As I go through my Capstone project, I am learning the importance of reaching out and keeping people in the loop. Even though it is tempting to try to be independent, and try to accomplish our goals on our own, projects of this scale really are a group effort. I am grateful to be working with my friend Shriya from NExT, because we have been able to combine ideas efficiently for the training we are developing. I would advise Bonners to not be afraid to ask for help, and to find several people of expertise to reach out to in order to get lots of ideas that can ultimately further your research. I partook in several meetings with hospital staff, visited a domestic violence shelter, and met with many faculty members in order to obtain enough material to bolster my training. Also, do not be afraid of this process! As long as you pick a topic you are truly passionate about, it is not difficult to work through. I came in being afraid of the workload, but it has actually been one of my favorite parts of this semester.

  15. Right now at FOR-NY, I am creating a sheet of recovery resources for LGBTQ+ youth that will be transferred to the FOR-NY website. I am also working on a presentation for a conference that I will be speaking at in June. Recently, there has been a change in staff and the director of policy, Allison, left. My supervisor Ben took her place and with the promotion, he is now a lot busier. Service at FOR-NY was always indirect and independent, but we had weekly meetings just with the YVM team that is not occurring anymore. Some weeks I have felt a little lost and worried to reach out, but I was able to express my feelings at a meeting last week and now am in a better place work-wise. Over time, I have gained more responsibility in terms of coordinating with FOR partners, creating presentations, and then actually presenting. I have severe imposter syndrome, so when I step outside my comfort zone, I feel like I do not belong in that position, but my site has helped with that extensively.

  16. Ava Bibisi says:

    At my service site, The Spina Bifida Association, I am working on marketing strategies for the upcoming Walk-n-Roll event. This is much different than what I worked on last year because the event will be in person. I’m currently really enjoying getting to help out with the marketing team at SBANENY because it is something that is out of my comfort zone. I have always been drawn to more scientific elements of things and being able to develop new skills and work with individuals with a different mindset than myself has been really enjoyable. This semester at SBANENY has not been what I expected. New Bonners have joined our team which has been awesome to work with new people. With that, I have gained more leadership positions at my site since I have more experience than some of the other Bonners. I’m excited to continue the work at my site with the new members of the team and hopefully will gain more in the future to create more of a change that our supervisor is looking for.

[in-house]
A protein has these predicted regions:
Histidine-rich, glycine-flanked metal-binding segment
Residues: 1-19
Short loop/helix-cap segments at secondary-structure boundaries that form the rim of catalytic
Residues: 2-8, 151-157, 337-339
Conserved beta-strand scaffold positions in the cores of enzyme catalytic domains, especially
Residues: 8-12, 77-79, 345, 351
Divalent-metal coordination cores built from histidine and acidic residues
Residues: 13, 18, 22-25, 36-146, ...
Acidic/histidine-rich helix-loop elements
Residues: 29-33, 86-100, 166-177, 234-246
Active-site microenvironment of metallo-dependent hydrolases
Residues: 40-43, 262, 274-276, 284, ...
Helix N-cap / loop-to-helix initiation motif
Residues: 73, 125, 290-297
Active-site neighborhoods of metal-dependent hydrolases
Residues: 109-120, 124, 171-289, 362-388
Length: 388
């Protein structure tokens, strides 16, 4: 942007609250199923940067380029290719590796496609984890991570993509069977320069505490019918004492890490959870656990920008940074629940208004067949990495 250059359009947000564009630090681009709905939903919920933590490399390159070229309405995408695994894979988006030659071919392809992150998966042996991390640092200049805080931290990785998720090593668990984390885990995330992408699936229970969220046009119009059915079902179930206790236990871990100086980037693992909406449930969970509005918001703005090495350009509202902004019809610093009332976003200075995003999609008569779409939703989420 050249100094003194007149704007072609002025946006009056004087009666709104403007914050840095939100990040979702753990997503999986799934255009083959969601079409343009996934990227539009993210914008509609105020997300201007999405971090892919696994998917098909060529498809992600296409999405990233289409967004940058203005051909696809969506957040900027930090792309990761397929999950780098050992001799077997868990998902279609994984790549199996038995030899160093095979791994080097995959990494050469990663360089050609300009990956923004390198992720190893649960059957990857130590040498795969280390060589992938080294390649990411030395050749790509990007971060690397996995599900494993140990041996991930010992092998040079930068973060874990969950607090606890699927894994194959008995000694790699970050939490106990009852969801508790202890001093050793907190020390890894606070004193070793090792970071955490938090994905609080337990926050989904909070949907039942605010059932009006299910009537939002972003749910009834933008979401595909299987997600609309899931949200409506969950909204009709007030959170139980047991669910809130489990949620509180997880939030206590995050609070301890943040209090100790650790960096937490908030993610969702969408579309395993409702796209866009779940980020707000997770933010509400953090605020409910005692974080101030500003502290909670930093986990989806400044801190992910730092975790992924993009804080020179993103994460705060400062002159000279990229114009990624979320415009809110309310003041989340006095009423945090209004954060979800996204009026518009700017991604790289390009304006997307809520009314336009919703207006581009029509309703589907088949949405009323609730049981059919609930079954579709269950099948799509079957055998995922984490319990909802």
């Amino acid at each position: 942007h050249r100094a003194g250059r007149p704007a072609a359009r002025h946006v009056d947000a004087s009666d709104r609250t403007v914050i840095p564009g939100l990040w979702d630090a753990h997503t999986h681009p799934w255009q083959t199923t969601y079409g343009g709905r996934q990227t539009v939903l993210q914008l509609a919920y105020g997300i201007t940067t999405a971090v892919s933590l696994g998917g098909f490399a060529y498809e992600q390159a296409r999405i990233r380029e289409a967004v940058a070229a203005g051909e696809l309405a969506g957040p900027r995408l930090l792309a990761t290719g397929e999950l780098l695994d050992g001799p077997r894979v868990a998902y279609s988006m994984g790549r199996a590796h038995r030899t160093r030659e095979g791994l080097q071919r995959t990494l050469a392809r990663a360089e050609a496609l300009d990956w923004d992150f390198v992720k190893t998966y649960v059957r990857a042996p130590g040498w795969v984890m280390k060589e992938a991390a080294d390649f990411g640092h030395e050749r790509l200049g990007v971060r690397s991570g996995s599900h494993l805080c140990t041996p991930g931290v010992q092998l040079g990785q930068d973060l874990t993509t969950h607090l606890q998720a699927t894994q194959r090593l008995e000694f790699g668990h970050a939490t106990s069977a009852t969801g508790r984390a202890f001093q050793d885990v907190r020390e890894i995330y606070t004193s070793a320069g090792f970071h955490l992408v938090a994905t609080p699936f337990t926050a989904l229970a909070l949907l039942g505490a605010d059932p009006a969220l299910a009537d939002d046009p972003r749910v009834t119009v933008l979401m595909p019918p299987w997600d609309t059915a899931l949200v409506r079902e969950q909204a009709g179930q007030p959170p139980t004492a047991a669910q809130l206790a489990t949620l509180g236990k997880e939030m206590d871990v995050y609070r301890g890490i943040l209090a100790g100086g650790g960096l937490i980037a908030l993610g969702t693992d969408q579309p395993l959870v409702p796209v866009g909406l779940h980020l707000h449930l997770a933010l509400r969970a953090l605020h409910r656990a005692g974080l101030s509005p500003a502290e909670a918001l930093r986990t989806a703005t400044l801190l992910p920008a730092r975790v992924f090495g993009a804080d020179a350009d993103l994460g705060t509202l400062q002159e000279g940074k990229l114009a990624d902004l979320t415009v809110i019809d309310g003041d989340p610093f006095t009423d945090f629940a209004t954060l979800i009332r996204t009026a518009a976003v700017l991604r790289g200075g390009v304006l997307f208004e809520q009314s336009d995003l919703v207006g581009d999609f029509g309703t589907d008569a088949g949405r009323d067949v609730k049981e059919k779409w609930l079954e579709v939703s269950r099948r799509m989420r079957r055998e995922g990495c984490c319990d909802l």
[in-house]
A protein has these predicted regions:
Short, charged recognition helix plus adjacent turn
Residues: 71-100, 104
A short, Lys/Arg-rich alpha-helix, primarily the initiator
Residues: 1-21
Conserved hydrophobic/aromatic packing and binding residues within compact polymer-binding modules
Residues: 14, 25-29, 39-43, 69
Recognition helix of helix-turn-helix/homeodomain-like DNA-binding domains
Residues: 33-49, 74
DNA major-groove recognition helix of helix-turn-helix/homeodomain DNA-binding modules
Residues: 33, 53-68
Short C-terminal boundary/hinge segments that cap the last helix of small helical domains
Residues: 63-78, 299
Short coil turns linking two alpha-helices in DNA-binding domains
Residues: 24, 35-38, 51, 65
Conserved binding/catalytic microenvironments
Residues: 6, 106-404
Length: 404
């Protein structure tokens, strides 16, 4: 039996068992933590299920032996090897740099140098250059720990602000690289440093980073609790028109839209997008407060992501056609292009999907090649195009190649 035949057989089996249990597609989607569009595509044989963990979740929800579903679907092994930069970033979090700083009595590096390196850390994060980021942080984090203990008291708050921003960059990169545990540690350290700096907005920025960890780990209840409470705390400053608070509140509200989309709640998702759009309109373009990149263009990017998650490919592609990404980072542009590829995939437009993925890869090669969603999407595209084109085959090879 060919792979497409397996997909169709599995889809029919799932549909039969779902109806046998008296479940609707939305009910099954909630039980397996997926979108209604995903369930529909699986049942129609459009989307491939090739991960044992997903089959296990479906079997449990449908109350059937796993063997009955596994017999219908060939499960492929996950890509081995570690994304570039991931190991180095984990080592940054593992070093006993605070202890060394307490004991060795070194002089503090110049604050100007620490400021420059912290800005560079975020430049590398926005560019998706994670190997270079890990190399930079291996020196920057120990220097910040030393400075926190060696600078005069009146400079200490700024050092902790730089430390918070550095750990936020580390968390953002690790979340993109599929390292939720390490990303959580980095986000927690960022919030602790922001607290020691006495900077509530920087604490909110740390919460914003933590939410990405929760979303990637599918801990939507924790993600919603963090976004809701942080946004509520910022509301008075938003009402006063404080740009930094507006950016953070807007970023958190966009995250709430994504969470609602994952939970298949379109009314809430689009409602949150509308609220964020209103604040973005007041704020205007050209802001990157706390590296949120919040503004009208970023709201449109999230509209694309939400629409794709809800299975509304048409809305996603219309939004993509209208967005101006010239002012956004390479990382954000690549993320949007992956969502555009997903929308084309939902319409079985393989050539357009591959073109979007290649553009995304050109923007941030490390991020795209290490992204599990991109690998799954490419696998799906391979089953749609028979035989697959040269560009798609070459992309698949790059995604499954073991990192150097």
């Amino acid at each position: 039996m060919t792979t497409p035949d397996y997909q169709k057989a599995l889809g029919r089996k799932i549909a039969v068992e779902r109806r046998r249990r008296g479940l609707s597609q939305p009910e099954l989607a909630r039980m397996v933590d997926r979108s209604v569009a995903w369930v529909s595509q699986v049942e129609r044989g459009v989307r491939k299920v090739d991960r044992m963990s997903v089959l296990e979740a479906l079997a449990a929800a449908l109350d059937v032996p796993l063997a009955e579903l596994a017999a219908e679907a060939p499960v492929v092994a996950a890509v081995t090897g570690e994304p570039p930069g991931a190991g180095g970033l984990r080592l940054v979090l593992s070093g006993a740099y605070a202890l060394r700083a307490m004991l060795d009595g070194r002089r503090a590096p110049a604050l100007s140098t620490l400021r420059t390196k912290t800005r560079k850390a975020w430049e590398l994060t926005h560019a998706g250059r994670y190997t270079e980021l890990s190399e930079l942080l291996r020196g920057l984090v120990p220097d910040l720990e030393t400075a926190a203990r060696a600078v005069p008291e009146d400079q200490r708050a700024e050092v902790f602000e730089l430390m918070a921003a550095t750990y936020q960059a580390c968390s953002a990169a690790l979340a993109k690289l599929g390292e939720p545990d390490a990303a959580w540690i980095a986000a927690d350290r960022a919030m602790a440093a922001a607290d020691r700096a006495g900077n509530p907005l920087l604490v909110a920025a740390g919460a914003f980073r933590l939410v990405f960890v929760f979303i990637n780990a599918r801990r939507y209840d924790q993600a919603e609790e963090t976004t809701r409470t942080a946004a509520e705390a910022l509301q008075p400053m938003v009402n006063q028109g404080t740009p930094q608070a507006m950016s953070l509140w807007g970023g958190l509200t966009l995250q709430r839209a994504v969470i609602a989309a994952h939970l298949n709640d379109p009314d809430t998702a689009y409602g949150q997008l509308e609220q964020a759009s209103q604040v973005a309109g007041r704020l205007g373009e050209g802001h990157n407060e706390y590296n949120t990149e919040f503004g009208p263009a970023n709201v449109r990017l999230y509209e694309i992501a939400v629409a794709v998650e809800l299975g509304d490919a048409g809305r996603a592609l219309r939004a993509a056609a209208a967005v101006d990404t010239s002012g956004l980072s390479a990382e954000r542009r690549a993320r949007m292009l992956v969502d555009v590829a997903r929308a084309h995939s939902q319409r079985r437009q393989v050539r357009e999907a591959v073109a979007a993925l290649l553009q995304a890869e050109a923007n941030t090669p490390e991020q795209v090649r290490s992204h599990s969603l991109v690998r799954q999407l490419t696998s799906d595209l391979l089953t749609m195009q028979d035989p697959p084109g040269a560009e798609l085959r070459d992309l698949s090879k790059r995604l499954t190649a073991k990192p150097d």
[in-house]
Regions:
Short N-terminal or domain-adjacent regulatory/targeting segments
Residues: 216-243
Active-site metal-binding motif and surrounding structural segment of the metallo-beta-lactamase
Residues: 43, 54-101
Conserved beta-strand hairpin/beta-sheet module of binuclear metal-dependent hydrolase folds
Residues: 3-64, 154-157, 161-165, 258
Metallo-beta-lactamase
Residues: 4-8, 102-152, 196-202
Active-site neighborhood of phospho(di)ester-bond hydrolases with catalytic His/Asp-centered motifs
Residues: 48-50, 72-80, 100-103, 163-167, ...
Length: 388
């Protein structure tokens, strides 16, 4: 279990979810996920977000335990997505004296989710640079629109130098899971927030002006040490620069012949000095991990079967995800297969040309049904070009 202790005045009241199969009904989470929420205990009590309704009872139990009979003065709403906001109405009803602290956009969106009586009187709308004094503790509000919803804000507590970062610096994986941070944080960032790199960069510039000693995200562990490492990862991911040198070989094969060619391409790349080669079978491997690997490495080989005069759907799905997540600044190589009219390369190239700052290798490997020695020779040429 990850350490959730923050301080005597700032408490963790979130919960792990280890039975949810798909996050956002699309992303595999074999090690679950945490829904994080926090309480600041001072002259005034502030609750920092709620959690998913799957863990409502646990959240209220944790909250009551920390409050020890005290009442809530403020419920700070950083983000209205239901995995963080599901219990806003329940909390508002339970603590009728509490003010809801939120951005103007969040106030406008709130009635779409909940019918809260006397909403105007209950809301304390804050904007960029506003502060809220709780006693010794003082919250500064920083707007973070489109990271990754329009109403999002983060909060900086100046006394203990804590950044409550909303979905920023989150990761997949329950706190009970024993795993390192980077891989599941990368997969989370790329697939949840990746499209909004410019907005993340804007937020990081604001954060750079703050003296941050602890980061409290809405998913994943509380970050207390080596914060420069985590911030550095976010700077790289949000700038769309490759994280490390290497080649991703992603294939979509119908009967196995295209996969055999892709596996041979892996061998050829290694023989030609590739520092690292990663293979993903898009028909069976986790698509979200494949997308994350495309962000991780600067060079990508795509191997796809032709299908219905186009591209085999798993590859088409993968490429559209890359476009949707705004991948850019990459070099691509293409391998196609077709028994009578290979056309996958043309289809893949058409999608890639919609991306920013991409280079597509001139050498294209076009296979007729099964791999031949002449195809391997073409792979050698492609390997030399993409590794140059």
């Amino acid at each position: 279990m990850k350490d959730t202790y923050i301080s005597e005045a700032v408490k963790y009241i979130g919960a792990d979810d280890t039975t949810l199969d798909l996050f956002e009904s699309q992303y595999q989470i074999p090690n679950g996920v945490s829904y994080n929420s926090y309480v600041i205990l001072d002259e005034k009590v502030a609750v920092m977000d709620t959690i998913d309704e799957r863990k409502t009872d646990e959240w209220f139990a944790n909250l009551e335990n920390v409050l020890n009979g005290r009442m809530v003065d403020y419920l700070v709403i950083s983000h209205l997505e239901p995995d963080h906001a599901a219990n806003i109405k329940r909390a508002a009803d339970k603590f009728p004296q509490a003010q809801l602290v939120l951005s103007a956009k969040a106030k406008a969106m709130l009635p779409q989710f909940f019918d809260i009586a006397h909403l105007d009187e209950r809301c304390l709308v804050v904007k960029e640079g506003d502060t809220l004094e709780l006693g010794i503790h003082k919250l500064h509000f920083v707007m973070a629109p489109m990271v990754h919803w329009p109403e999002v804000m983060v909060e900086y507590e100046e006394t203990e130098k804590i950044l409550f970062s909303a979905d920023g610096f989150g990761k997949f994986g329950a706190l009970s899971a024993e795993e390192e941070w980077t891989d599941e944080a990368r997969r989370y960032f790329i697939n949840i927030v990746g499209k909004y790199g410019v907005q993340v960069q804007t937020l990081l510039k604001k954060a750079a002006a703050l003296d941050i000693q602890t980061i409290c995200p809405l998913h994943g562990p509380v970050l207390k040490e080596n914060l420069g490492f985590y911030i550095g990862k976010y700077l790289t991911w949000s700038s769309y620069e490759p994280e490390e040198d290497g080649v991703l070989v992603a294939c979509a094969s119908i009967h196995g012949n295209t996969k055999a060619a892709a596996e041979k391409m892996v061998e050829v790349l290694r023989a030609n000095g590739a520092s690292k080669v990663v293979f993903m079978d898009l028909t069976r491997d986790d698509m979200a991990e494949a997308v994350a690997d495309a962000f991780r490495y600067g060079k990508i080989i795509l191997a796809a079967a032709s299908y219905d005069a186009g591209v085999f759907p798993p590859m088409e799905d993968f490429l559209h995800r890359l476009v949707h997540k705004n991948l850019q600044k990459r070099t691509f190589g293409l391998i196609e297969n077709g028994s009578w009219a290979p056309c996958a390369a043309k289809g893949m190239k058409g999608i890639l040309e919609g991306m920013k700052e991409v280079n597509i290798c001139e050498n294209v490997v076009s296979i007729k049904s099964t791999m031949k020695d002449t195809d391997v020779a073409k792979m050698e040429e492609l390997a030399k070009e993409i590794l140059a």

17. Rachel+Gifford says:

    I have learned a lot from the past Bonner classes that we have had. I think one that really stood out to me was our Cultural Appropriation and Fetishization class. This one stood out to me for many reasons, but the main one was how much of our history isn’t taught in schools because we don’t want to acknowledge our horrible past. When we discussed human zoos and fetishization I was horrified and angry that I had never heard or learned about these topics in school. I really wish that school’s made it more of a priority to teach students not only the good but the bad of our history, especially because much of it wasn’t that long ago and some aspects especially cultural appropriation and fetishization are extremely relevant today. I think the fetishization aspect of the training was also extremely interesting because I knew that racial fetishization was out there, but I didn’t know the extent. I think that it is typically considered a topic that is too ‘taboo’ and so as a society we choose not to acknowledge it, but I liked how we acknowledged it in Bonner and we learned how harmful it can be to many different groups. I think that this training and trainings like gentrification really show what our Wednesday meetings are supposed to be about and what makes Bonner so great. Going into diverse communities it is important that we educate ourselves on these types of issues and acknowledge the impact of our history and present. I especially like that we take these issues seriously and come into our meetings with an open mind and prepare ourselves to be comfortable with the uncomfortable.